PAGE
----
“As a cyclist, parent and medical practitioner, the portrayal of dangerous driving in an advertisement like this is very concerning. The drivers are clearly the “cool guys” and so what they do is shown as not just ok, but preferred behaviour. What they do includes driving fast in a narrow street with many pedestrians, driving close behind a cyclist who then comes off his bike (it is clear they are right behind him as they have to swerve to avoid hitting him), not stopping to see if he is ok, and evading police. In my opinion this ad goes well beyond harmless fun, particularly in a society where there are already drivers who consider cyclists fair sport.”

  2. What an appalling ad! Not being a TV watcher, I hadn’t seen this until now.

    Here is the main bit of a message I have just sent to Holden…

    I have just watched an advertisement for a Holden car which depicts a cyclist being knocked of his bike by a criminally negligent (see Australian Road Rules – Reg 127) driver. This is an appalling sight, especially in light of the number of cyclists who are killed or severely injured on our roads every year. It beggars the imagination how any sane person could think this would reflect well upon a company.
    I shall be submitting a complaint to the Australian Advertising Standards Bureau about this advertisement. I shall also be contacting every person I am able to, via social networking, word of mouth and any other method available, to encourage them to do the same. I will also be encouraging them to contact any company that chooses to advertise on television during a screening of a Holden sponsored event, and let them know that they will be boycotting their products.

    Will be interesting to see what (if any) response I get.

  3. OK, got my “complaint dismissed” letter yesterday. I guess you both got the same one. There seemed to be two other lots of comments apart from mine, so perhaps it was just the three of us (three times as many as would have complained if you didn’t have a blog).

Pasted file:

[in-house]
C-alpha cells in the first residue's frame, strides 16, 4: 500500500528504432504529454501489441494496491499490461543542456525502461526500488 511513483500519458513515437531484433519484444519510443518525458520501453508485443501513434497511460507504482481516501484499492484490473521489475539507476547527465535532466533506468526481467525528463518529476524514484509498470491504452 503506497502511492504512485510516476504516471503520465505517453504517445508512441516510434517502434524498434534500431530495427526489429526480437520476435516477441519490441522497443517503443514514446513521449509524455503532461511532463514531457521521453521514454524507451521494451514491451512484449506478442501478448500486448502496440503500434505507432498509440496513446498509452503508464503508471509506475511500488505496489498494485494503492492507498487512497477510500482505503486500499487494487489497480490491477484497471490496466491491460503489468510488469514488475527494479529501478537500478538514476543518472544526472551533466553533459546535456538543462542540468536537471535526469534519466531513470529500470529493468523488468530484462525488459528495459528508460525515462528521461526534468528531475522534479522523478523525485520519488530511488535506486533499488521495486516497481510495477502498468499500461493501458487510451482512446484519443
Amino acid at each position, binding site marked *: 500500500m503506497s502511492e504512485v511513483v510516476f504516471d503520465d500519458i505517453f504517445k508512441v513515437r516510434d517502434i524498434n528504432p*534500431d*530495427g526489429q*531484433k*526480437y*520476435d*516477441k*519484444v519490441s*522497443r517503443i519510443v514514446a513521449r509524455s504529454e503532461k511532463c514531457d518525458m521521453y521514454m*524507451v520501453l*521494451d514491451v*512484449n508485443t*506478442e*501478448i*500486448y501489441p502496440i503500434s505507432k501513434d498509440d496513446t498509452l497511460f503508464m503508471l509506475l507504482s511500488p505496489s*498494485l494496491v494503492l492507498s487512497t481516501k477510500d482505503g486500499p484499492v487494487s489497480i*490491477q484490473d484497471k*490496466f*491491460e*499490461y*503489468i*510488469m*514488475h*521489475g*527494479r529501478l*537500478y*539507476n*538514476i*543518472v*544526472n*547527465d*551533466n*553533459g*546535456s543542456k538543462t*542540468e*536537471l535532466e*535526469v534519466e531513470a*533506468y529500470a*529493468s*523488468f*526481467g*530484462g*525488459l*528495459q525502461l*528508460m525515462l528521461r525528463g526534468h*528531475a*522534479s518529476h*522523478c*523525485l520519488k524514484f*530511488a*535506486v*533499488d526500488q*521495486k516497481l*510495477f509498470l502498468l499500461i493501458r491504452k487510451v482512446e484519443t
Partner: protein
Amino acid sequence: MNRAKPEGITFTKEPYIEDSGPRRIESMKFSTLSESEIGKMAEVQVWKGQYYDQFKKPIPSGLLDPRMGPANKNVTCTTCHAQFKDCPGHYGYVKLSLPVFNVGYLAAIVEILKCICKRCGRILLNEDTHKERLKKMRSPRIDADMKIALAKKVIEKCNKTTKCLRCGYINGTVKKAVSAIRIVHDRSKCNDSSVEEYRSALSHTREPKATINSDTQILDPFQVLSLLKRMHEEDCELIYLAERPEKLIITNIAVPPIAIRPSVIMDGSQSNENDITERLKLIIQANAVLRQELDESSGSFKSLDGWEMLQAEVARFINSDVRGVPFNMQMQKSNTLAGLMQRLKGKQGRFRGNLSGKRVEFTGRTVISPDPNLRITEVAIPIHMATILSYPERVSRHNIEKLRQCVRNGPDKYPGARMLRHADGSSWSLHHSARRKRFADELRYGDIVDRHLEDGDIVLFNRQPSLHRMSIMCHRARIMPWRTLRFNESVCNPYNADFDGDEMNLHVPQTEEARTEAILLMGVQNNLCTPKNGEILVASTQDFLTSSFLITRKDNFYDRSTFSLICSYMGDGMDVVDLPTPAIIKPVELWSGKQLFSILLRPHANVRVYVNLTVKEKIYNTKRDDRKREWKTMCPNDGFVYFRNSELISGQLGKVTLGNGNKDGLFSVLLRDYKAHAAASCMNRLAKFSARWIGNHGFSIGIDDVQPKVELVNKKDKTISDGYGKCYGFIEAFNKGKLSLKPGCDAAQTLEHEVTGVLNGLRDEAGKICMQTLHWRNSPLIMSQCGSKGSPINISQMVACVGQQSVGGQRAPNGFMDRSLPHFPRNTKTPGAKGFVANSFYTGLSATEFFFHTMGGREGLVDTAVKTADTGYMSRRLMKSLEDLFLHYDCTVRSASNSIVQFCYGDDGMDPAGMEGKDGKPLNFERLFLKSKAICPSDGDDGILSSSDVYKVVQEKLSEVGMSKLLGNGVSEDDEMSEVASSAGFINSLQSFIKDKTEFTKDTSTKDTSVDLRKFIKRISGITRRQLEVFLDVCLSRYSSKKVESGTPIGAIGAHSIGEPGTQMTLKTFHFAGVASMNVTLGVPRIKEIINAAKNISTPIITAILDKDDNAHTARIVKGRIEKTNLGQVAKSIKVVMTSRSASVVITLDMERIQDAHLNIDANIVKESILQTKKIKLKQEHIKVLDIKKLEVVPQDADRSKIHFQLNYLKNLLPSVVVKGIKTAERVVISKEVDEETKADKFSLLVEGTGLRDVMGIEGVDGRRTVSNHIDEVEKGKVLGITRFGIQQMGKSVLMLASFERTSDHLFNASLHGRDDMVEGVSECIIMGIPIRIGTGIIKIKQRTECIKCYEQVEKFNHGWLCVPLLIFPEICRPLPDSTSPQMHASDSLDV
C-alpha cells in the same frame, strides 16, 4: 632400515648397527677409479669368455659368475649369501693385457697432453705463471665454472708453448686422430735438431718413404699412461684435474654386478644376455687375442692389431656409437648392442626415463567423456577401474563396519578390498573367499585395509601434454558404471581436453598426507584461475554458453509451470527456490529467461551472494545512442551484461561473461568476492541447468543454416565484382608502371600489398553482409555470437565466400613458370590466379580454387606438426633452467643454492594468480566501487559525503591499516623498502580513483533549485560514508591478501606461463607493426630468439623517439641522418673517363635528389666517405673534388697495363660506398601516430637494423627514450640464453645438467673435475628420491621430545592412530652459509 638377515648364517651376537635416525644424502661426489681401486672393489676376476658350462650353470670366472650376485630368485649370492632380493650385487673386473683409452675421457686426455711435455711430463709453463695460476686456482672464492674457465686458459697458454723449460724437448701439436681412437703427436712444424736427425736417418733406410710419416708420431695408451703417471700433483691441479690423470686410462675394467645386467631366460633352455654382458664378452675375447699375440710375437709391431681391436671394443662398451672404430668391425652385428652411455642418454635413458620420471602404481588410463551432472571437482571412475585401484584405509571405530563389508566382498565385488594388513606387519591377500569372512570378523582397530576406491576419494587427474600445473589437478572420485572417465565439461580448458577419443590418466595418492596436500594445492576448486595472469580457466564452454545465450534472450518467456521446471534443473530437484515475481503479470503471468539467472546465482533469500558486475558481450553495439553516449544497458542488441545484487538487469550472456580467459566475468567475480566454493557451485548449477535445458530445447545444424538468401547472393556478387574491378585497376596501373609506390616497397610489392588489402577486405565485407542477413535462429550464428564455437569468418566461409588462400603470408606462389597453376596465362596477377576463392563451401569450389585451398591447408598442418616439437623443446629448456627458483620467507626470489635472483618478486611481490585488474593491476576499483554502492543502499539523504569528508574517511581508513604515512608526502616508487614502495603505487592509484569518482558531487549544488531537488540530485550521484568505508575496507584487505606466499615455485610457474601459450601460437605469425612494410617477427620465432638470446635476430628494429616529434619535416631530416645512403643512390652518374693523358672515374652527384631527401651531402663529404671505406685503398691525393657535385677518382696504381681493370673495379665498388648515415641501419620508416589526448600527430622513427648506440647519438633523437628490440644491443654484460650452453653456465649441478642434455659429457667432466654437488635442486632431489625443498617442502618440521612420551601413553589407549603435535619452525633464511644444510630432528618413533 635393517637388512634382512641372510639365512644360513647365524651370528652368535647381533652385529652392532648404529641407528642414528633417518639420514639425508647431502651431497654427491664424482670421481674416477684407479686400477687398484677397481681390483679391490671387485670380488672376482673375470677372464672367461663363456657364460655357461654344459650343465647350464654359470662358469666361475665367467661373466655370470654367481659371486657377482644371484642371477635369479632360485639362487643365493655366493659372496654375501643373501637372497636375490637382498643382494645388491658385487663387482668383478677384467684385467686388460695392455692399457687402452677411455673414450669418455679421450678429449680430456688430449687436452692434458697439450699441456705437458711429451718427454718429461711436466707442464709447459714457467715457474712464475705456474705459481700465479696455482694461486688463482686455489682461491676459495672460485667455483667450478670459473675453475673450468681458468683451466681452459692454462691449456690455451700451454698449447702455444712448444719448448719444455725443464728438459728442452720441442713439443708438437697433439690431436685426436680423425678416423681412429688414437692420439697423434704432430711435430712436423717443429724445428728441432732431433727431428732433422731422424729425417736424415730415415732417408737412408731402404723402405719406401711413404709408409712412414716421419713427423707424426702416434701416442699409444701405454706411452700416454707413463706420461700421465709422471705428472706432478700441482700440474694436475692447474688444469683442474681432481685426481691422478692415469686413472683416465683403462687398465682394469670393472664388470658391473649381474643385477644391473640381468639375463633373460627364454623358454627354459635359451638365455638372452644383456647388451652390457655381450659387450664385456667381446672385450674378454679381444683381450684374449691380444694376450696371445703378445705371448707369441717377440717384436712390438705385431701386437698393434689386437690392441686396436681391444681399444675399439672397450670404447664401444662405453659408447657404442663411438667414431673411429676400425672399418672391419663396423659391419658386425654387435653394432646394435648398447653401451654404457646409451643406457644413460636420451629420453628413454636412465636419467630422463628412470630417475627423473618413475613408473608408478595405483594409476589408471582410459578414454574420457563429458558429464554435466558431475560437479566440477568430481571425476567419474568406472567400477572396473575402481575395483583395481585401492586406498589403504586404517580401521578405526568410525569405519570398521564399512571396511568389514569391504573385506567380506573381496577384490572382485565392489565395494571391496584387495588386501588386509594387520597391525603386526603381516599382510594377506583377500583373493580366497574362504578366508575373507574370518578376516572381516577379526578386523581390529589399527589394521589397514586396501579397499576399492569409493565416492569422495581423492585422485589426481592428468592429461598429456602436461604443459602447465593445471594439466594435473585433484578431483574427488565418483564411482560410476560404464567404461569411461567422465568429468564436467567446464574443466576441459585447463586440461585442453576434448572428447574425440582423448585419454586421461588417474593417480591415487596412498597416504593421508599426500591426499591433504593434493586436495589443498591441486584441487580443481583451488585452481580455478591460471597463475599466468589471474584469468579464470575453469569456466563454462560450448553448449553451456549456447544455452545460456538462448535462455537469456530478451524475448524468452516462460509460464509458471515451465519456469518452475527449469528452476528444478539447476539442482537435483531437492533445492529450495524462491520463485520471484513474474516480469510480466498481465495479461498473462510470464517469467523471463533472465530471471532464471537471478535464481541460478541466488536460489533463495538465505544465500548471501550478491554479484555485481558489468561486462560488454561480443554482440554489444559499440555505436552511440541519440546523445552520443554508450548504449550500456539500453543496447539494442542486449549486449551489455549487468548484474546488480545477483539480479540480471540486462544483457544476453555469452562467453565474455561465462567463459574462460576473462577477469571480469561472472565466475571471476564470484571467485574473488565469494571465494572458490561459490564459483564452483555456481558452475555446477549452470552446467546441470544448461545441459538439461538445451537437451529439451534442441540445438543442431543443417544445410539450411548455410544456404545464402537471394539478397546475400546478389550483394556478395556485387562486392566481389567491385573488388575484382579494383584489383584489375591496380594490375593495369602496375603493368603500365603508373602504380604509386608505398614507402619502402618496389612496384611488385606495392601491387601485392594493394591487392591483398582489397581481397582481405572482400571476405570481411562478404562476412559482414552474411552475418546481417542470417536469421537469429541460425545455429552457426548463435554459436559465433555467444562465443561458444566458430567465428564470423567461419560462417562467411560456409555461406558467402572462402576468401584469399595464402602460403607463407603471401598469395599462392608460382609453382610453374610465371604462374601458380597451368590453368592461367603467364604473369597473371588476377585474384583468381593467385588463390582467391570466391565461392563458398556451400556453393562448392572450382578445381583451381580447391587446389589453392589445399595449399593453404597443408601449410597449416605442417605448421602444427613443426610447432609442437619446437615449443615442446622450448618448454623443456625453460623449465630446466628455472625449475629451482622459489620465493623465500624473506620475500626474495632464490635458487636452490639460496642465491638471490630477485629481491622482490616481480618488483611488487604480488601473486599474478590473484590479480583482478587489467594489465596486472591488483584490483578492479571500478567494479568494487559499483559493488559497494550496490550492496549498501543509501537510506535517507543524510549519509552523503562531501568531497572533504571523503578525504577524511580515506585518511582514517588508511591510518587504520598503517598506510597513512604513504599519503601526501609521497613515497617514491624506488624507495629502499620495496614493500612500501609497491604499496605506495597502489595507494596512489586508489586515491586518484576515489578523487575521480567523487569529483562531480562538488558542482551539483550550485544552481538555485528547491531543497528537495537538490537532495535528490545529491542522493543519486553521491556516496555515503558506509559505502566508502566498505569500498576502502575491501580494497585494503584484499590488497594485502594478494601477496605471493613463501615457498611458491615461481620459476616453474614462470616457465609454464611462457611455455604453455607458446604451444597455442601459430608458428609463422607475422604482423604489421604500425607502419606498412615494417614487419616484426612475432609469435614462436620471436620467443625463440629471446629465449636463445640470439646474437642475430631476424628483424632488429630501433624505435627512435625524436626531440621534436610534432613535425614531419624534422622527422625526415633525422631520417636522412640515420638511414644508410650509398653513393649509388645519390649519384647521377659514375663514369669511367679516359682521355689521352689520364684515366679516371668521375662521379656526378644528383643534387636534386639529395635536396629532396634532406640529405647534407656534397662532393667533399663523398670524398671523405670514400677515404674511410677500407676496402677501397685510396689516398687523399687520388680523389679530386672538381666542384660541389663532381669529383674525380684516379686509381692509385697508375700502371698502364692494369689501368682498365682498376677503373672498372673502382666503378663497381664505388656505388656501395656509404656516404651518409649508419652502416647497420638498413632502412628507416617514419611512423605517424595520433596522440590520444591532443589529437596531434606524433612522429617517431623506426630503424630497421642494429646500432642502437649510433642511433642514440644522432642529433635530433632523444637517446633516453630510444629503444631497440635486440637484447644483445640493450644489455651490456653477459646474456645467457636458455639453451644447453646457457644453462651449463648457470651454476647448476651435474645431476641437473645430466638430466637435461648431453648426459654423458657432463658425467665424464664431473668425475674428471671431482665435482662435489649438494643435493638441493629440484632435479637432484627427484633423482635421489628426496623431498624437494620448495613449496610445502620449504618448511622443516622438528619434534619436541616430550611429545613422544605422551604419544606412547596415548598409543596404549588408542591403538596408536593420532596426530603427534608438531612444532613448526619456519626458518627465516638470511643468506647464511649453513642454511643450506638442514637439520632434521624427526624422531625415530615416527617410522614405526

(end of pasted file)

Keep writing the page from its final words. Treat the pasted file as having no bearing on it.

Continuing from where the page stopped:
If you didn’t get it, and want a copy, let me know. It was rather depressing.

  4. Got the complaint letter dismissed too. No quotes from my particular complaint, as far as I can remember. Its disappointing, but I take heart that it probably cost Holden thousands of dollars in lawyers fees. Or time – they probably have lawyers on retainer so maybe its just prevented one lawyer from knocking off early. I have half a mind to make an appeal to take up even more of their time, ha! 😉

  5. Just watched the ad again in light of defence Holden put forward in the dismissal letter. A main argument seems to be that the cyclist look behind himself and got distracted by the coloring of the car. But a close viewing of the ad shows that the cyclist only turns his head slightly – he would only see the car in his peripheral vision, which i imagine would be more than enough to motivate a defensive riding manoeuvre, but hardly enough to be described as ‘loss of attention’. And if the car is going so slowly, why does the cyclist flinch away from the car at 0:22? Seems to me the cyclist is reacting to an aggressive driving style.

    • Their “defence” sounded like one big advertisement. It was worse than the original! Bah!